My strategy for enjoying the Thames this summer did not include coots, but I have become ridiculously absorbed and fascinated by these cute feisty birds.
It began a few months ago as I noticed them building their nests, working in pairs to make a safe haven for their eggs and their young.
Capturing photos of the nests was easy …..
But capturing photos of the newly hatched young is near impossible for a fidget like me! Every time I got within coot-sight of a nest, one parent would quickly and quietly lead the young chicks away, whilst the other parent acted as decoy and swam in the other direction!
When I did catch sight of them, I was amazed to find little black chicks with red/orange topknots on their heads – nothing cootlike in that.
I set myself the task of getting one of these chicks on film (or the digital equivalent), frantically calling to the Captain to slow the boat as we cruised by likely nests, or scrambling through undergrowth to sit with my feet in the river, as still as a fidget can be.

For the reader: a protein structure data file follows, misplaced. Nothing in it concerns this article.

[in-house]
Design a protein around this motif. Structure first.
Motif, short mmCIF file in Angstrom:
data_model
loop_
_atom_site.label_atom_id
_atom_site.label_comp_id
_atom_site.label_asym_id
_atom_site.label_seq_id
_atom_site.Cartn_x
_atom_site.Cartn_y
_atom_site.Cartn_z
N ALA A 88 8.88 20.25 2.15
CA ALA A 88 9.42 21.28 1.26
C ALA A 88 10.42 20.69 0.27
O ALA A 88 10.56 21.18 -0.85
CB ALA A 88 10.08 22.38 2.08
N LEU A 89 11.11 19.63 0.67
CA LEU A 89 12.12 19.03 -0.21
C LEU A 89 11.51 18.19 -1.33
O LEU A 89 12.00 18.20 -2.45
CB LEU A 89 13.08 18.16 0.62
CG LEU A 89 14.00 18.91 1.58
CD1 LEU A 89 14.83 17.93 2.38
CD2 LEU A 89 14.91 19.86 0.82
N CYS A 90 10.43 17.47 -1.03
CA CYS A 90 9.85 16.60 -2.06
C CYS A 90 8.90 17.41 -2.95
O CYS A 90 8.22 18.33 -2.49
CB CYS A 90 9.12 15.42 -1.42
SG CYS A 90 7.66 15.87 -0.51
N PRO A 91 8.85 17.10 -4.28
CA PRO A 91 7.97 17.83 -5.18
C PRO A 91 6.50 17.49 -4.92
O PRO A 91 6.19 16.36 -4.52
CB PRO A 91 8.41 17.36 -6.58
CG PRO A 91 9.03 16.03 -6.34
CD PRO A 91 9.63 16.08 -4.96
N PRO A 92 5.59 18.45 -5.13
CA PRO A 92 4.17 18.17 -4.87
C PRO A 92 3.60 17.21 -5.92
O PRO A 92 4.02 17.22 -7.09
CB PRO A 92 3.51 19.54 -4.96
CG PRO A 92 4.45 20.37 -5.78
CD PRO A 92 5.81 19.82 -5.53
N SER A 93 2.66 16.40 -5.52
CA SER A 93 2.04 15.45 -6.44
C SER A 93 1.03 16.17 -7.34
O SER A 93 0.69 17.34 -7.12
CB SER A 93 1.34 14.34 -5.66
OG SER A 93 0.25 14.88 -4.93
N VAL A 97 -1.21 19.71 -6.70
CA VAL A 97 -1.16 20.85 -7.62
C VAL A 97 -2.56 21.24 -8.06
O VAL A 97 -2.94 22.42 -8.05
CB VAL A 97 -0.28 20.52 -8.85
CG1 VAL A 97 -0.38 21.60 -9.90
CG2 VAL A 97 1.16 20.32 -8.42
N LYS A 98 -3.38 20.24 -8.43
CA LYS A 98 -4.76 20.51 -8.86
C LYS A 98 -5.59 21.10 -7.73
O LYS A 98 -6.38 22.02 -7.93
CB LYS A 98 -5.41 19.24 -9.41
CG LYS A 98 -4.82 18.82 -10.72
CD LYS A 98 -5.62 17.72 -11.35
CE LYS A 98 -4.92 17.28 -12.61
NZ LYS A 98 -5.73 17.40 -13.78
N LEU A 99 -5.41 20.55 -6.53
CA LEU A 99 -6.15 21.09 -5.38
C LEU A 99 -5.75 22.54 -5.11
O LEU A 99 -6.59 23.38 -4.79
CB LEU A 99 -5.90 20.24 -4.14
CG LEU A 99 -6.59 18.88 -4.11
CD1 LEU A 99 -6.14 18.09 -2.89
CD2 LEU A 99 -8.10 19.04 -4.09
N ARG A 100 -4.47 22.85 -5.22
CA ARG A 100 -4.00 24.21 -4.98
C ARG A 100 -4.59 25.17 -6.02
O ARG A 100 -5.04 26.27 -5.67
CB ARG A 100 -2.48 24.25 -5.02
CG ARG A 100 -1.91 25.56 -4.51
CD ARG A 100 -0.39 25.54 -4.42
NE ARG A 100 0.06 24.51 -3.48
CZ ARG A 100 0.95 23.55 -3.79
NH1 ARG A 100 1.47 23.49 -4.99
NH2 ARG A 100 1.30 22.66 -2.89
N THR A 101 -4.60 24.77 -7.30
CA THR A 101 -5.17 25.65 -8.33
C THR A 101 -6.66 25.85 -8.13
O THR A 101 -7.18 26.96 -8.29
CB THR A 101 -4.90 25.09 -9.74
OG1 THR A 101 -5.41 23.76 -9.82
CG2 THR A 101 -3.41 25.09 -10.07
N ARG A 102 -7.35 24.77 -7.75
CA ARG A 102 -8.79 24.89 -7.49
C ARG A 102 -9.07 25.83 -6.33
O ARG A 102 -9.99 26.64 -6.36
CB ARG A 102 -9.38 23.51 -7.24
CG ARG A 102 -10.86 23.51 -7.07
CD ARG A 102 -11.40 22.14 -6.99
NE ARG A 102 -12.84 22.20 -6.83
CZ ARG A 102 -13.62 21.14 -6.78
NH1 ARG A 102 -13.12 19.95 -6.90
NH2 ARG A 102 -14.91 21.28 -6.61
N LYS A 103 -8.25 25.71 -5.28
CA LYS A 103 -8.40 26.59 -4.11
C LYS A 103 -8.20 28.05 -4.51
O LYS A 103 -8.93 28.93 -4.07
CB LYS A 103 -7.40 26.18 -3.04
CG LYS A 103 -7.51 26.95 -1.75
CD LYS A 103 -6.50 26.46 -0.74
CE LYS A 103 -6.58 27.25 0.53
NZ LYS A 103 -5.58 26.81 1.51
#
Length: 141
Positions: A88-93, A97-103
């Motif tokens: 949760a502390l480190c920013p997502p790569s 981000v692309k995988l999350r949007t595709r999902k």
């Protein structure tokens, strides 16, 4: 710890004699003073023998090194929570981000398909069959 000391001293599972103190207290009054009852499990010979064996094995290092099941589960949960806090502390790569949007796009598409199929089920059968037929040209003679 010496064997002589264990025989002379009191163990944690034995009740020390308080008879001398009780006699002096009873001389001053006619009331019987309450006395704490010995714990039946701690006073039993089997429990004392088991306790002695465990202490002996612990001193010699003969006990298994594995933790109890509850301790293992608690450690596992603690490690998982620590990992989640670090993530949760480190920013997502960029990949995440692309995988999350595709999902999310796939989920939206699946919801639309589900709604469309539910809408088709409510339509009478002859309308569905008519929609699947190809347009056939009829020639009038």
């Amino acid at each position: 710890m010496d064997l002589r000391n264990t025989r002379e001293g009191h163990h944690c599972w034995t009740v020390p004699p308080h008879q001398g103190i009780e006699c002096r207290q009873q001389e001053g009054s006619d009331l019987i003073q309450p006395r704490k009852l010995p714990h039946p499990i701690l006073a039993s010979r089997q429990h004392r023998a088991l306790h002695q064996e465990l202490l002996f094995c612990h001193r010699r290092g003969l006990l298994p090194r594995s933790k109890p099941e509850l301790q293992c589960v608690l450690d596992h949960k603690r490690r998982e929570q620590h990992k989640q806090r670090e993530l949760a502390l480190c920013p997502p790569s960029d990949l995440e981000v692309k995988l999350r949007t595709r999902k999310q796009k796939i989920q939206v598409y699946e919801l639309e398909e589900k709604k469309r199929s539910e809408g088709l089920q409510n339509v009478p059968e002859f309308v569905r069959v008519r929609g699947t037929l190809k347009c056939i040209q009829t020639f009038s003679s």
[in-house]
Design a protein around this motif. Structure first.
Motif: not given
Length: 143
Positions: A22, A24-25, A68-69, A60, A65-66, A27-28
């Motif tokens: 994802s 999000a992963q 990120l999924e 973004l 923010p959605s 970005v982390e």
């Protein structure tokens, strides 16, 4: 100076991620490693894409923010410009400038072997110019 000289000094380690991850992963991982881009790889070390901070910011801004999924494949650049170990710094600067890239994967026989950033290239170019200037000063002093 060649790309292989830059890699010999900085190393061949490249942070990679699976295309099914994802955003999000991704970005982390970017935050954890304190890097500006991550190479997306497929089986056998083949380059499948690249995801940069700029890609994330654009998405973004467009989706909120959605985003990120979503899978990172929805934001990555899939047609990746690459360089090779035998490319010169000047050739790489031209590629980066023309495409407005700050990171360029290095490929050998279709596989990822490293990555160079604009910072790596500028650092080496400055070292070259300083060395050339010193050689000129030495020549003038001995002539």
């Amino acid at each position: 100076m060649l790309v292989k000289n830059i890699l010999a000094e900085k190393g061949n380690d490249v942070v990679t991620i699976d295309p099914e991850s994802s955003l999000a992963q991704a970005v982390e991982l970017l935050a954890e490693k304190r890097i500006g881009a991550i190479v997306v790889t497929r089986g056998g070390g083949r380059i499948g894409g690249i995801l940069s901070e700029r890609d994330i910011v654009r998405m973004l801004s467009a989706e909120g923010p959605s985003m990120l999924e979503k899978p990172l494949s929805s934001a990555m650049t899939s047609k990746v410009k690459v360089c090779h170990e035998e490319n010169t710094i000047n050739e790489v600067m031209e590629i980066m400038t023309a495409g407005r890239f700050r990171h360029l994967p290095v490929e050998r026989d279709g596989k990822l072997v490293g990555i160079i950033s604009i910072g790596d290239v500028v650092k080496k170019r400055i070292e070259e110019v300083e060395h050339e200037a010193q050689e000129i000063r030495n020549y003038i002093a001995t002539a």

All I have achieved is a few blurred images.
As they grow, they move into the grey stage, losing their striking red/black look, and start to develop those enormous feet!
It seems that the parents then have no choice but to bring them out on the river in full view of all predators to feed them and teach them the rudiments of finding their own food.
Gradually the feathers darken towards black and the little monsters get ever hungrier, demanding constant feeding from both parents!
I am not sure what the next stage will be – I’ll keep watching as they develop into the bossy boots of the river, chasing much larger birds away from their breeding and feeding grounds, and stomping their big feet on their territory.
And as I emerge from the summer Thames tangle, I can report that it’s been great fun!